NOTE: A common end-user workstation can be a Subnet Master Browser and this
    is not necessarily, in and of itself, a problem for domain browsing (esp. in
    situations where there are no servers on that subnet). Most corporate
    environments maintain servers in a common Data Center and therefore there
    will be end-user workstations functioning as Subnet Master Browsers. As
    long as it keeps an updated list all should be fine.

    102878 - Information on Browser Operation:

    102878 - Information on Browser Operation:

    The first thing I would do is to disable the built in firewalls on the XP
    SP2 computer or modify them so that they allow traffic from your subnet on
    ports 137 UDP,138 UDP,139 TCP, and 445 TCP. If you are protected from the
    internet by a router/firewall I would simply disable the ICF firewall on all
    the computers. Also give some time for the browse list to build and be sure
    to shut down the computers properly. Since you have a server I would also
    configure wins on it and make sure that all computers are wins clients
    including that the server is a wins client to itself.

    By default netbios over tcp/ip should be enabled on all the computers
    [tcp/ip properties/advanced/wins]. If you run Ipconfig /all it will tell you
    ONLY if it is disabled. Running nbtstat -n on each computer should show at
    least three name registries with the server probably showing more and at
    least one computer needs to show that it is a master browser. Personal
    firewalls or other "protection" software may interfere with the browse list
    and often booting into safe mode with networking will bypass such programs.

    S. Umbach
    Todd J Heron, Feb 20, 2005
  5. How much of this was written by S. Umbach?

    Michael Giorgio - MVP, Feb 20, 2005
  6. Open My Network places on the problem server; does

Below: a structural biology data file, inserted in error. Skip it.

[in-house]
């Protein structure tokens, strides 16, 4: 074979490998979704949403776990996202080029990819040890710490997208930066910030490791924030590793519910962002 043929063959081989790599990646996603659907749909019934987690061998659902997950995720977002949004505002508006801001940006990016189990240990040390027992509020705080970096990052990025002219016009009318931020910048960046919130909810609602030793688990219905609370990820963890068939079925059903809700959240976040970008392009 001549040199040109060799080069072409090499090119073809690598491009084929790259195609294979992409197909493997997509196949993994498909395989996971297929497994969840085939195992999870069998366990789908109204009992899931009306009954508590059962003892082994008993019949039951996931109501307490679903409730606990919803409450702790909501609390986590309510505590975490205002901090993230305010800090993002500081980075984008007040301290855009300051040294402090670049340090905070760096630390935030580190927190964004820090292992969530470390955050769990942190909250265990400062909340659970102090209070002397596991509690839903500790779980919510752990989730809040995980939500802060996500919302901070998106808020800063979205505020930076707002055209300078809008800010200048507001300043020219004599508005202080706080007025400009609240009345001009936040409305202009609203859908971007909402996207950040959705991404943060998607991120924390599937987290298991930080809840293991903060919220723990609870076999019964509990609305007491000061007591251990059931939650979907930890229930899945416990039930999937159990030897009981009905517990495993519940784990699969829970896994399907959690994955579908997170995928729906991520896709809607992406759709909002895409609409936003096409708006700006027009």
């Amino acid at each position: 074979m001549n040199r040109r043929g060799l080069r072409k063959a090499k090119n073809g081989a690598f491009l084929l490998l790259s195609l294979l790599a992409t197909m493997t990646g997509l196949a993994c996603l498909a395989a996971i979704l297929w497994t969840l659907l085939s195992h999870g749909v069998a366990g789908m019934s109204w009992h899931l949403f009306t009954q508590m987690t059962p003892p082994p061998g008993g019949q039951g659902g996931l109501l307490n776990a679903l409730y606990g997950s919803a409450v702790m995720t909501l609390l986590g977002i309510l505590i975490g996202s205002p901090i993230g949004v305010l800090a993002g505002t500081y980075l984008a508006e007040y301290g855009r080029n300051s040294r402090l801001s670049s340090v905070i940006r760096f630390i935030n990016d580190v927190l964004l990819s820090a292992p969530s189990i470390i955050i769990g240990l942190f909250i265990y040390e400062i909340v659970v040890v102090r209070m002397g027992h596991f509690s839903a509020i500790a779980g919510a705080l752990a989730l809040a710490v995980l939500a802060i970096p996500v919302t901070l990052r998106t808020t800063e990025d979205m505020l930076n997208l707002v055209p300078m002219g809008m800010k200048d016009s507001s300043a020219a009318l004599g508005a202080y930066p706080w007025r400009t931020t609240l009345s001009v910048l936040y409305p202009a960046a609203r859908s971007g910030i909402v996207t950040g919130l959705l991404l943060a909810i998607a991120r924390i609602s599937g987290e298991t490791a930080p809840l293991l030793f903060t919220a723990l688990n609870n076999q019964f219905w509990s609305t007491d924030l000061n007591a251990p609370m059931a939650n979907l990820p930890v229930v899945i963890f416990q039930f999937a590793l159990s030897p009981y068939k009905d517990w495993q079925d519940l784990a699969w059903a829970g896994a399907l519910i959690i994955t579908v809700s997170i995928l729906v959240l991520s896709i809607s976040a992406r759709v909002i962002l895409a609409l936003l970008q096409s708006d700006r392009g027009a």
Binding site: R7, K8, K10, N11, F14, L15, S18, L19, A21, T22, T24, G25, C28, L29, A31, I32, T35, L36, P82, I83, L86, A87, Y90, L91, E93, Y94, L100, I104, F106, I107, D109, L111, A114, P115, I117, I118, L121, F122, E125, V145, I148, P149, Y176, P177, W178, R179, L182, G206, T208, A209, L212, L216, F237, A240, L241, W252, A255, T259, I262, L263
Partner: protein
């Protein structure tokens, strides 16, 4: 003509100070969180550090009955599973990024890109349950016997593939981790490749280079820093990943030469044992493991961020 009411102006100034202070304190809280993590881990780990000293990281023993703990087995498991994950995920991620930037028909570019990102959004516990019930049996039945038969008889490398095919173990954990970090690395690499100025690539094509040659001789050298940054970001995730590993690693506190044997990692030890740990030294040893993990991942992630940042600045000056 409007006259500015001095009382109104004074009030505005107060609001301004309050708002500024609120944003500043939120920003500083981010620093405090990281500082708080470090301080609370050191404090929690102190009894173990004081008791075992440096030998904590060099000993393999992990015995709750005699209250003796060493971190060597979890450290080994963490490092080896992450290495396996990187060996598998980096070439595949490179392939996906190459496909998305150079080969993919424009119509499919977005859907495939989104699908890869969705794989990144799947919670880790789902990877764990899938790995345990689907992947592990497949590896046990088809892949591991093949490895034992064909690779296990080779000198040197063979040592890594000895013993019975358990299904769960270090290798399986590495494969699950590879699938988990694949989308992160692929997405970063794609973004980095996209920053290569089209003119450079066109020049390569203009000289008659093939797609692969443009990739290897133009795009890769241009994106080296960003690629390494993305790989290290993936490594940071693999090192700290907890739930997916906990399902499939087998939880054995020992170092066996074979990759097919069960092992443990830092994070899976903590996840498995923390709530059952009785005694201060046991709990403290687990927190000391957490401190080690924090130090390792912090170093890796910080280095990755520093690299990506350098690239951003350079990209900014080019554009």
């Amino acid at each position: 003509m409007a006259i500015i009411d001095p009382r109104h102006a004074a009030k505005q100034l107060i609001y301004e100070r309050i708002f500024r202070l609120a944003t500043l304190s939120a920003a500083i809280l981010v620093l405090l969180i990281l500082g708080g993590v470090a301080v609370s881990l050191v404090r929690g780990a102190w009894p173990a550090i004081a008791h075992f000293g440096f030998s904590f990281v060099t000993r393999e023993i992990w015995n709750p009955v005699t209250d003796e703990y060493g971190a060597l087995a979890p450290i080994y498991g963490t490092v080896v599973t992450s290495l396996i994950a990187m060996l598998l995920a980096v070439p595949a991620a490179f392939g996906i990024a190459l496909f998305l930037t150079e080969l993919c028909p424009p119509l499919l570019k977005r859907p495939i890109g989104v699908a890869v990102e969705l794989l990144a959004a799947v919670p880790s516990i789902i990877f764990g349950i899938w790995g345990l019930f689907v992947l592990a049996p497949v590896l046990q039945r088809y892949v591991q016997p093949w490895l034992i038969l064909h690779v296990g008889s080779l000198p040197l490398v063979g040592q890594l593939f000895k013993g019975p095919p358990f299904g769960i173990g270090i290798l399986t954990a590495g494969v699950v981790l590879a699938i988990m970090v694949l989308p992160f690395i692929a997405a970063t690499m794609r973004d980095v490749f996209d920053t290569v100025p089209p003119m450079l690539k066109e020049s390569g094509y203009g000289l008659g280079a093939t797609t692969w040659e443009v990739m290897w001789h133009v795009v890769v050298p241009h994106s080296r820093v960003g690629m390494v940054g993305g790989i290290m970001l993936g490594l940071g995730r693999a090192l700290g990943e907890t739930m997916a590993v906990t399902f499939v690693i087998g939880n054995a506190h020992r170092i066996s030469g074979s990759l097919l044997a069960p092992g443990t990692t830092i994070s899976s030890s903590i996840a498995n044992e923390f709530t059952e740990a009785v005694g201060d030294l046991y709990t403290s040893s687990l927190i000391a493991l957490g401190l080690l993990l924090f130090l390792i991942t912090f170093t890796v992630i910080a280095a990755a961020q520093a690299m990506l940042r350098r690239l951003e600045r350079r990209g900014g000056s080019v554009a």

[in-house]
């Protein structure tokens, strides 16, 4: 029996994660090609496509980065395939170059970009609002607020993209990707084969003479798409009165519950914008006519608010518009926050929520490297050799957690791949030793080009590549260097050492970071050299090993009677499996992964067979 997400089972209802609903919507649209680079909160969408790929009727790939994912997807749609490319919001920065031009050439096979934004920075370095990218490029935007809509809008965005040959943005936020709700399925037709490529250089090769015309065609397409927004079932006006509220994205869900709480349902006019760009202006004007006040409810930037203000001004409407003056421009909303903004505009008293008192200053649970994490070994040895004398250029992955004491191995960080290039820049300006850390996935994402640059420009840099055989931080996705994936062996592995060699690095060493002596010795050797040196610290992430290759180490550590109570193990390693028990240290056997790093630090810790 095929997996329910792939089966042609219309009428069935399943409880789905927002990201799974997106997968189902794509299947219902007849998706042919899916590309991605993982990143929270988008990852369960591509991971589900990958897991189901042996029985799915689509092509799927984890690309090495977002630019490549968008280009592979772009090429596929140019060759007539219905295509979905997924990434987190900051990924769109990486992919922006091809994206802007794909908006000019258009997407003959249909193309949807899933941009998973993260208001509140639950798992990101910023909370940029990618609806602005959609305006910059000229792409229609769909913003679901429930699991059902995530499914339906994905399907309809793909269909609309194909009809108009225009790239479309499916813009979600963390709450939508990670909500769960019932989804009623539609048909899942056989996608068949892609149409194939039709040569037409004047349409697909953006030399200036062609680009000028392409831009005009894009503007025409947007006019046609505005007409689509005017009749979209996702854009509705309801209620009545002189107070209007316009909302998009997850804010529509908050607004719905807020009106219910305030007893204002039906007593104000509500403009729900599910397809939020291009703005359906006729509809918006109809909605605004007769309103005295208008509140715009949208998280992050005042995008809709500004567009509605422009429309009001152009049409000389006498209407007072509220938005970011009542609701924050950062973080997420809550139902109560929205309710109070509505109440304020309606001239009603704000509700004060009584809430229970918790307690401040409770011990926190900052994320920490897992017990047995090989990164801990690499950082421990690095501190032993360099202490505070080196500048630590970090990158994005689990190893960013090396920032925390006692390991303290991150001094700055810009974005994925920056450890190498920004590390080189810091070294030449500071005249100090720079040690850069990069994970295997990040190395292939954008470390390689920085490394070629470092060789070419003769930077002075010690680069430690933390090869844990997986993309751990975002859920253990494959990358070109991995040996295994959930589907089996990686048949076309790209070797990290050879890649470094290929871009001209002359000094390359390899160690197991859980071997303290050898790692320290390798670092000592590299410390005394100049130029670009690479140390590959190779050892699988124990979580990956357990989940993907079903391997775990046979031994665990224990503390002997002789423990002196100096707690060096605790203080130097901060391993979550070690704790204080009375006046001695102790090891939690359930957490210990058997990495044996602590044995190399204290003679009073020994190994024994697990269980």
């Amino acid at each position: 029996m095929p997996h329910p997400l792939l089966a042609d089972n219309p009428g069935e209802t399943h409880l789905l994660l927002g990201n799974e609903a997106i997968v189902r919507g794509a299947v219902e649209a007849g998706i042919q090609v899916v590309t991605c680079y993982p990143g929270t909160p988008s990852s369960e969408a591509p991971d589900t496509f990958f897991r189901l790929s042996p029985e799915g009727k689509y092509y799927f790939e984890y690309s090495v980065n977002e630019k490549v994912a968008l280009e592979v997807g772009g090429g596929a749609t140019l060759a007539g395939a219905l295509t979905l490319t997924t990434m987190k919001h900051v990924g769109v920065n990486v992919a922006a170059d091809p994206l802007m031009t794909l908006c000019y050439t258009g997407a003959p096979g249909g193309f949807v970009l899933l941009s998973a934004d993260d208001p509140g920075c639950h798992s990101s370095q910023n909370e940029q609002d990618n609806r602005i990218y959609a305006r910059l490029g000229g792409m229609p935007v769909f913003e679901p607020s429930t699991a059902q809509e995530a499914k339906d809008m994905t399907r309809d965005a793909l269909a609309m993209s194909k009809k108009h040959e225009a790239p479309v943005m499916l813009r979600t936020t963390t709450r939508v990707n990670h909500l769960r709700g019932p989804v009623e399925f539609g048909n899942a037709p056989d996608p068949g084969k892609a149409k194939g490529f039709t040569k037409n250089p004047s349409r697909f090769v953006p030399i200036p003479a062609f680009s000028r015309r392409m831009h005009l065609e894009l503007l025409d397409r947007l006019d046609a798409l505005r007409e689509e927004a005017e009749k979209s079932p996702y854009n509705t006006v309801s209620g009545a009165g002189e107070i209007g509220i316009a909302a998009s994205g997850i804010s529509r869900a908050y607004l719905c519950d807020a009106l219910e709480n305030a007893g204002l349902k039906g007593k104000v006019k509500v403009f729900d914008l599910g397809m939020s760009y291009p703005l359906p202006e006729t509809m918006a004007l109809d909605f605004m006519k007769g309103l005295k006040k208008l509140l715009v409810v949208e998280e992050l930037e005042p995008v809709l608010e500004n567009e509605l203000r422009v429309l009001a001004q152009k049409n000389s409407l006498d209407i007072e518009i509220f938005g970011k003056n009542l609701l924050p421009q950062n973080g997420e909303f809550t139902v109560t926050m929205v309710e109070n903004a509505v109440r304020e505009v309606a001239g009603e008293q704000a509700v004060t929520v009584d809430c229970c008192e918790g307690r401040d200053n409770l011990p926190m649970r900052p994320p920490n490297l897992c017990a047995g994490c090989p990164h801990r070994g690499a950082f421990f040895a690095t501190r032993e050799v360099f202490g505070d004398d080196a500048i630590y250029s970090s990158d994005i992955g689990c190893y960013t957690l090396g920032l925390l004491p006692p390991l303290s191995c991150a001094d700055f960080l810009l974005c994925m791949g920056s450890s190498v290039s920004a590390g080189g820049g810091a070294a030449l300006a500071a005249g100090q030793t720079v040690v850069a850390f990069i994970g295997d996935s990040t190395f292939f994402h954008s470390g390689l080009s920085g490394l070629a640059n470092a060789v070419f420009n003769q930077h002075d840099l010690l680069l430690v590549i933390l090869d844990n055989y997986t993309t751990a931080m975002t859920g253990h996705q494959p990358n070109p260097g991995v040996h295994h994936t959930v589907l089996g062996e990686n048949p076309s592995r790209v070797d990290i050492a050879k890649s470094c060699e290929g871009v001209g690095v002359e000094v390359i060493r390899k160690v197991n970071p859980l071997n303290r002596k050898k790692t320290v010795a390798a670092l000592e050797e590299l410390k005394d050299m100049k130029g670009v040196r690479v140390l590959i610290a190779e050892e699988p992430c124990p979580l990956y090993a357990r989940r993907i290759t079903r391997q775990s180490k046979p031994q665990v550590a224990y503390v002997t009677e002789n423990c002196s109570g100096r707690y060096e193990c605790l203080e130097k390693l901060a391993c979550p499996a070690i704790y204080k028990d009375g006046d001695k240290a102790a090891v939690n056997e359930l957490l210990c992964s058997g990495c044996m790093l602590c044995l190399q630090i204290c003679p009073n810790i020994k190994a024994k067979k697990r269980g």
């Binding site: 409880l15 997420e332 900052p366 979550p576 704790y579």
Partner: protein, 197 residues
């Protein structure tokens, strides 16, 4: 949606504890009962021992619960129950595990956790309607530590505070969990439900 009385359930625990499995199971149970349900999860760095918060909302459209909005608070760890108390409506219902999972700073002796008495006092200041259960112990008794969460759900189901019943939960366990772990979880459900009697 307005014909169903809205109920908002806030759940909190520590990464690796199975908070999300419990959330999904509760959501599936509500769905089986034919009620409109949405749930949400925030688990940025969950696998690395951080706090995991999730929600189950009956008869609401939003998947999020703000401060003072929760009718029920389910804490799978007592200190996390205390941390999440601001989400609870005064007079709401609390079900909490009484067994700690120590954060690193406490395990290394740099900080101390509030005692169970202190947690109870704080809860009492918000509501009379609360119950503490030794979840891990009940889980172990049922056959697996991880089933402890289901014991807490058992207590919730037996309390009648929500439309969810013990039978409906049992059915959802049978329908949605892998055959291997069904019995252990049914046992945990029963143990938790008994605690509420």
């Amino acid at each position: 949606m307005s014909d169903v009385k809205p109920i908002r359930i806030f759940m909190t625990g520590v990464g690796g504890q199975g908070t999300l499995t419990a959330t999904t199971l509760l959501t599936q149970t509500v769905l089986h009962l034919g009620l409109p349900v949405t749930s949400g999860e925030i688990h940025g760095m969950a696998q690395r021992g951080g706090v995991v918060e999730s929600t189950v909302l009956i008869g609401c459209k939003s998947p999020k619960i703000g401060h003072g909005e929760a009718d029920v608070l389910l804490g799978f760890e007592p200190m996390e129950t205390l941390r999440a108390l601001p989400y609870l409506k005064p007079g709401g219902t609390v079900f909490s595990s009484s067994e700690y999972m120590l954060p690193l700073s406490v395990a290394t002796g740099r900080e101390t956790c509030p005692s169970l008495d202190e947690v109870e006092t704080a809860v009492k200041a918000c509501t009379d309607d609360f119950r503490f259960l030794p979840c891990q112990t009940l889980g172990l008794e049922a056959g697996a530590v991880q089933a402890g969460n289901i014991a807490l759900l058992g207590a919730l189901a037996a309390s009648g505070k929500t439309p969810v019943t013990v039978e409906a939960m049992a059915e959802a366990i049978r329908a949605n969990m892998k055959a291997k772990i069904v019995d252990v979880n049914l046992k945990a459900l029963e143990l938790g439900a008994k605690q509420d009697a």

it show up in its own list? If you've gone through Todd
    Heron's crockpot of suggestions without success then
    first make sure your router is not using a Netbios helper
    or forwarding broadcasts of any kind, this will cause the
    problem server to register it's name with a remote SMB
    instead of it's local SMB, a sure way to tell is to look
    for 8003/8005 error in system log of the event viewer.
    If all checks out then use Network Monitor on the problem
    server and see exactly where the host name announcement
    packets are going. Most of browse problems occur when
    a client registers it's name with a different SMB (segment
    master browser) than the rest of the network.
    Michael Giorgio - MVP, Feb 20, 2005
  7. Ian

    Todd J Heron Guest

    Michael - he's quoted under the line break "-------------------------------"
    line. My notes are above the SRX number.

    Todd J Heron, Feb 20, 2005
  8. Ian

    Todd J Heron Guest

    Michael -

    After a bit of debating about it I feel that I must respond to your comment
    of "If you've gone through Todd Heron's crockpot of suggestions without

    I have followed these groups off and on for several years and you like we
    all have seen the classic problem of "missing computer in Network Places but
    can map a drive to it's shares" many, many times. Countless times. There
    have been (almost) equally countless answers to this problem from all over
    the boards and the way I attack these types of multi-faceted problems is to
    build a solutions database, and over a period of time, if the problem is
    complex enough, build a step-by-step method of resolving it in a logical
    order beginning from the easiest to most difficult (or time-consuming) step
    to resolve the problem. While I am proud of my 9-step approach, is still
    incomplete, and certainly can still use improvement in terms of delivery and
    order of steps. I certainly appreciate any positive comments concerning an
    additional step I may have missed, or a re-wording of one which is already
    in there.

    I recently read in this very group itself, someone commenting that Mark